open keymap, save keymap, and save keymap as allow saving and loading of keyboard configurations, which Soundplant stores as '.keymap' files. These are small text files which contain references to the assigned sound files and their configurations; they do not contain audio data. Keymaps can also be loaded by dragging keymap files anywhere onto the program window, or onto the program icon (including the dock icon on Mac). When saving keymaps, absolute paths to sound files are stored in keymap files, but when opening keymaps, if Soundplant can't find them in the originally stored location, it will automatically attempt to search for files in best-guess paths relative to the keymap file's location as well as in the following additional locations: the same folder as the keymap; every folder in which it has already successfully loaded sounds for the current keymap; the Soundplant program folder; the Desktop; the Documents folder; and the last recently accessed sound-containing folder. If Soundplant can not find a file, it will prompt with an option to allow manually selecting the new location of the file (or a different file to load in its place). You can safely transport keymaps between different computers, including between Windows and Mac, and Soundplant will be able to load the keymaps as long as it can find the needed sound files in one of the above locations (it is usually easiest to keep the .keymap and sound files together in the same folder when transporting keymaps, especially using save keymap with sounds). You can also save empty keymap templates to load sounds onto in the future and preserve key settings. For example, if you want all of the arrow keys to be colored red and set to loop, you can set this on an empty keymap with no sounds loaded, and in the future when you load this empty keymap template and open sounds onto those keys, they will retain the previously set key configurations. Soundplant 50 saves keymaps in a new format that can be opened only in versions 50.0.0 or later. It can open older keymaps saved in previous versions of Soundplant going back to v.40 (2012). If you need to load a keymap saved in v.39 or earlier, you'll need to first save it in previous version 47 before it can then be loaded into v.50. Previous major versions of Soundplant are still available on the Soundplant website. As Soundplant 50 uses a new audio engine different from prior versions of Soundplant, note that when loading an older keymap from an earlier version, some settings and effects are interpolated to their approximate v.50 equivalent and will sound subtly different. Expect that properties like volume levels and effect intensities may need to be tweaked to reproduce the desired sound more precisely. V.50 does not have an exact equivalent to earlier versions' "LFO" effect, but you can get a similar sound from the ring mod unit. V.50 does not yet support randomized effects settings. Note that system-standard key combos like Ctrl/⌘+S for save won't work in Soundplant because it prioritizes using the computer keyboard for sound triggering with hundreds of available combos; for this reason many standard key combos are intentionally ignored by Soundplant, which means that you must click the save button to save your keymap.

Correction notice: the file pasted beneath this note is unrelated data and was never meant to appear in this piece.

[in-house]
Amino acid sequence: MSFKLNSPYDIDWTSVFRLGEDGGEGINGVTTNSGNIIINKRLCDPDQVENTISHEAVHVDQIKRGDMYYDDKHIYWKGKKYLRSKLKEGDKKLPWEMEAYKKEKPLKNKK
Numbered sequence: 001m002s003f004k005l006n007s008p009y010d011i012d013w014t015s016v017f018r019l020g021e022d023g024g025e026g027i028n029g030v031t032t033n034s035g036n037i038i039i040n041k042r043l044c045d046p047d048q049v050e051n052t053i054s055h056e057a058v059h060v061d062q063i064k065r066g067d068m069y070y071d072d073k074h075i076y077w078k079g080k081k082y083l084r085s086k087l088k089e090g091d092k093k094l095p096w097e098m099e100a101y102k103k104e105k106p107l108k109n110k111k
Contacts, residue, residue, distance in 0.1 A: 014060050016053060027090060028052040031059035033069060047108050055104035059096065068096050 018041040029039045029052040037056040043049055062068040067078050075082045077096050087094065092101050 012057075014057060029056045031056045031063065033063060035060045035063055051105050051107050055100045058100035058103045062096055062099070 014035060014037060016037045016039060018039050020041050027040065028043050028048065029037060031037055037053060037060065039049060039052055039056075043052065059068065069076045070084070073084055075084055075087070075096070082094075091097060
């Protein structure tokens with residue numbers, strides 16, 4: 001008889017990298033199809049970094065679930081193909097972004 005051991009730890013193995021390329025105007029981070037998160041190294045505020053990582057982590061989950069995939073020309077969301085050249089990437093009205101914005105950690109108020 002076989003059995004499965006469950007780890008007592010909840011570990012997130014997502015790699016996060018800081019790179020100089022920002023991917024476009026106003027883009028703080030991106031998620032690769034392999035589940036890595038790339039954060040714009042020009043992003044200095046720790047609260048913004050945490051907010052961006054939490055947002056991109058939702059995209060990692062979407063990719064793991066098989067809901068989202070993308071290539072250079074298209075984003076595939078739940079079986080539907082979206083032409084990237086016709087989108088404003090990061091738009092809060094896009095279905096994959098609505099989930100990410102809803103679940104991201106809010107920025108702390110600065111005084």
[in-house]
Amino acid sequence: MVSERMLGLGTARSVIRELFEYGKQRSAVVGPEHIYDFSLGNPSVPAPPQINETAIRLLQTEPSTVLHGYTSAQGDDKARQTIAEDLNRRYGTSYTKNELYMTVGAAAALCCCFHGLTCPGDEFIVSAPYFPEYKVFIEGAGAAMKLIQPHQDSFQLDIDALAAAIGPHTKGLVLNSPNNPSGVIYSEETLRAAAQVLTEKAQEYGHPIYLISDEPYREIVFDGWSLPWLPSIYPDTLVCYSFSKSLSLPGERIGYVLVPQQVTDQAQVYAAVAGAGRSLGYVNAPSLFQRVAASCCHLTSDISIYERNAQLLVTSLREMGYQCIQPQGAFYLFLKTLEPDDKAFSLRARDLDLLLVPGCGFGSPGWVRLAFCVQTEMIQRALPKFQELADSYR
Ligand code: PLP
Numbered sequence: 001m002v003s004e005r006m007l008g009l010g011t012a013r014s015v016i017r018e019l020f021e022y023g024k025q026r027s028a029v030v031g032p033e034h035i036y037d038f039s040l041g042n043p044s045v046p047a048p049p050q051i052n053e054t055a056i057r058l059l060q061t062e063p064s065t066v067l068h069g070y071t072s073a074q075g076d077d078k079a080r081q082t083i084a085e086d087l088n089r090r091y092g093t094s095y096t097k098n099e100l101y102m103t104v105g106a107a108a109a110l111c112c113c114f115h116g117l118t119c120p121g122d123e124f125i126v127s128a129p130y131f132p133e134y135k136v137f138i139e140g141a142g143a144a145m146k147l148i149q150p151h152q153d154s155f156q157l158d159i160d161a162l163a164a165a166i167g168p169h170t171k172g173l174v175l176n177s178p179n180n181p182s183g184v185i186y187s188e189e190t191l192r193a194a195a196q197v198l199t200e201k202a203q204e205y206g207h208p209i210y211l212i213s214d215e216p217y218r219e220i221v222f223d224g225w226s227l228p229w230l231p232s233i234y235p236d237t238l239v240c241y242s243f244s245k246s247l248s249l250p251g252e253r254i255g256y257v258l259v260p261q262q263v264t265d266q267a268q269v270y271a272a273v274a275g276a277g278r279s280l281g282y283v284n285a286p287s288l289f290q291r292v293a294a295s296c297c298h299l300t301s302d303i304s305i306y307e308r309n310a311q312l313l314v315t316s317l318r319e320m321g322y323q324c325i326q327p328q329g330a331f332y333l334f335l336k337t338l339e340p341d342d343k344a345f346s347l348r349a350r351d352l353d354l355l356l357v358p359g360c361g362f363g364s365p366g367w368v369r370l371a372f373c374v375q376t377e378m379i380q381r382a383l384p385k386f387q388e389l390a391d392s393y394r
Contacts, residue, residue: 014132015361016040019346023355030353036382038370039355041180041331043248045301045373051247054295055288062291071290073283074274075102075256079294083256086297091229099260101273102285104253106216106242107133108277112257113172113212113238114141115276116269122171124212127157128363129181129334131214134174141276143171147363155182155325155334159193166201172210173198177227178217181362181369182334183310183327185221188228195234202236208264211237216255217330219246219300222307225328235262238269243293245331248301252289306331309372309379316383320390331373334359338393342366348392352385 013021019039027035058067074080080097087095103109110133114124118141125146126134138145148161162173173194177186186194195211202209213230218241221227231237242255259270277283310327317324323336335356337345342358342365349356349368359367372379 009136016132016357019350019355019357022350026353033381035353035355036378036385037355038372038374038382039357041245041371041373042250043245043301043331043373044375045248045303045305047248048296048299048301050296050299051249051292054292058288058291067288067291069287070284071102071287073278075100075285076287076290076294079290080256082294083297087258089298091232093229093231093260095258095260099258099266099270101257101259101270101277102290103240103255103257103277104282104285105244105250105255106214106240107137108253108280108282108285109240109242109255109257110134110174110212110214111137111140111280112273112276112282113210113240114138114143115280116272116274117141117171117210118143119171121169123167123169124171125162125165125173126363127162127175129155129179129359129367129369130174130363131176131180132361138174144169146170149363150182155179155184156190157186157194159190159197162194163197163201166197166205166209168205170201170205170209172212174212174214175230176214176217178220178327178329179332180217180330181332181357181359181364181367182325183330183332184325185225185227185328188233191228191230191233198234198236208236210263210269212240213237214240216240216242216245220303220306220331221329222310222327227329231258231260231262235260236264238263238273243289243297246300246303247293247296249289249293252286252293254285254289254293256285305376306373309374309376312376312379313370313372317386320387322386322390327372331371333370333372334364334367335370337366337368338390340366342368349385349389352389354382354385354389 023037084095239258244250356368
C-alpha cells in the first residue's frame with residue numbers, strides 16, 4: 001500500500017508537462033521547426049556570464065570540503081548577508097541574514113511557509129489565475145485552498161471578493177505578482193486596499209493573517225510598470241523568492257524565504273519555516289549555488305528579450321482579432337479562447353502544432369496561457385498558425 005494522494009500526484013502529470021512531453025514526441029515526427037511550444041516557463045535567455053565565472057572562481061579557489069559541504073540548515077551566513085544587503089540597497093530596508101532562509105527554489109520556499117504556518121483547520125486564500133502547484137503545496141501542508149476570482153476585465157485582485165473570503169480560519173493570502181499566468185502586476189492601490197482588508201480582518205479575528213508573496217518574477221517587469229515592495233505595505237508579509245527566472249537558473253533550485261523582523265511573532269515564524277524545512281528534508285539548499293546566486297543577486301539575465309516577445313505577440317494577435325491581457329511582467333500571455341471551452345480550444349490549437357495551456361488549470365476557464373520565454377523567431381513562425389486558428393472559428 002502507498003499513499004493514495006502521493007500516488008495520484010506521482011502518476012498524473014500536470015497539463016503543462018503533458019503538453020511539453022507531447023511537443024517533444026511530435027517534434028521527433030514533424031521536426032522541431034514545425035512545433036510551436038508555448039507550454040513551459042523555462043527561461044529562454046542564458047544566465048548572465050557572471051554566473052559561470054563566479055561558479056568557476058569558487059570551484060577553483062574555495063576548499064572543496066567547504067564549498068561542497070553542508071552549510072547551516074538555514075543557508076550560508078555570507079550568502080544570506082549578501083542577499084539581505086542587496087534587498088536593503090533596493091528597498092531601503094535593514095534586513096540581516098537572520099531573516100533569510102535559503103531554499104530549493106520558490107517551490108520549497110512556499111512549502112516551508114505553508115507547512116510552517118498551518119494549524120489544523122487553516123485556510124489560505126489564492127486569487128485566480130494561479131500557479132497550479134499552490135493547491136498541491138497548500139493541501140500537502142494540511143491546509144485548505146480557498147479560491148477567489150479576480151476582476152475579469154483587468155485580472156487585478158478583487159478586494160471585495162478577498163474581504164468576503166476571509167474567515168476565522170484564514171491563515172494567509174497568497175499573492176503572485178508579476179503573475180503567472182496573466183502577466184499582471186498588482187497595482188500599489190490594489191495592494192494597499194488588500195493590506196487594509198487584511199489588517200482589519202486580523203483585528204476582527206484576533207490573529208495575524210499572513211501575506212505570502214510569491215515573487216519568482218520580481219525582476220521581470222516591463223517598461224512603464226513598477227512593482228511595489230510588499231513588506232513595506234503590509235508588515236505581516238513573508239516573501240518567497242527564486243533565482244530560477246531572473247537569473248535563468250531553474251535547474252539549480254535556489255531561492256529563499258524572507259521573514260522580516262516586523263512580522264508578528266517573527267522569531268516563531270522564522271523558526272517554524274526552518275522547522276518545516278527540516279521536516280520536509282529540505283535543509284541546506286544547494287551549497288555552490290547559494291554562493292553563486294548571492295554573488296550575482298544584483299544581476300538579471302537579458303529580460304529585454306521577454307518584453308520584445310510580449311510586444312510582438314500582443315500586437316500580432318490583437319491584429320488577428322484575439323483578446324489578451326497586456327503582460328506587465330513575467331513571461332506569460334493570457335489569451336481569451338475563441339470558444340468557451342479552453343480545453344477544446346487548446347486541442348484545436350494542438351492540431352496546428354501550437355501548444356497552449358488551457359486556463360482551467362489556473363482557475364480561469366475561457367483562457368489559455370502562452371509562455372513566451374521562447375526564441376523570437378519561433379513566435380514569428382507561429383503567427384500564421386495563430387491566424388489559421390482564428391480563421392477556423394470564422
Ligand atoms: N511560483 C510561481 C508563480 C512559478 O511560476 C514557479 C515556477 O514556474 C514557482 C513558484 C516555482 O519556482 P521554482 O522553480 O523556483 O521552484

The recent keymaps button in the lower right corner of 'open keymap' activates a pull-down menu giving one-click access to the 24 most recently saved and loaded keymaps, in the order that they were last accessed. If there are no recent keymaps, this button has the same effect as clicking 'open keymap'. Holding down 'Shift' and clicking 'recent keymaps' clears the history list.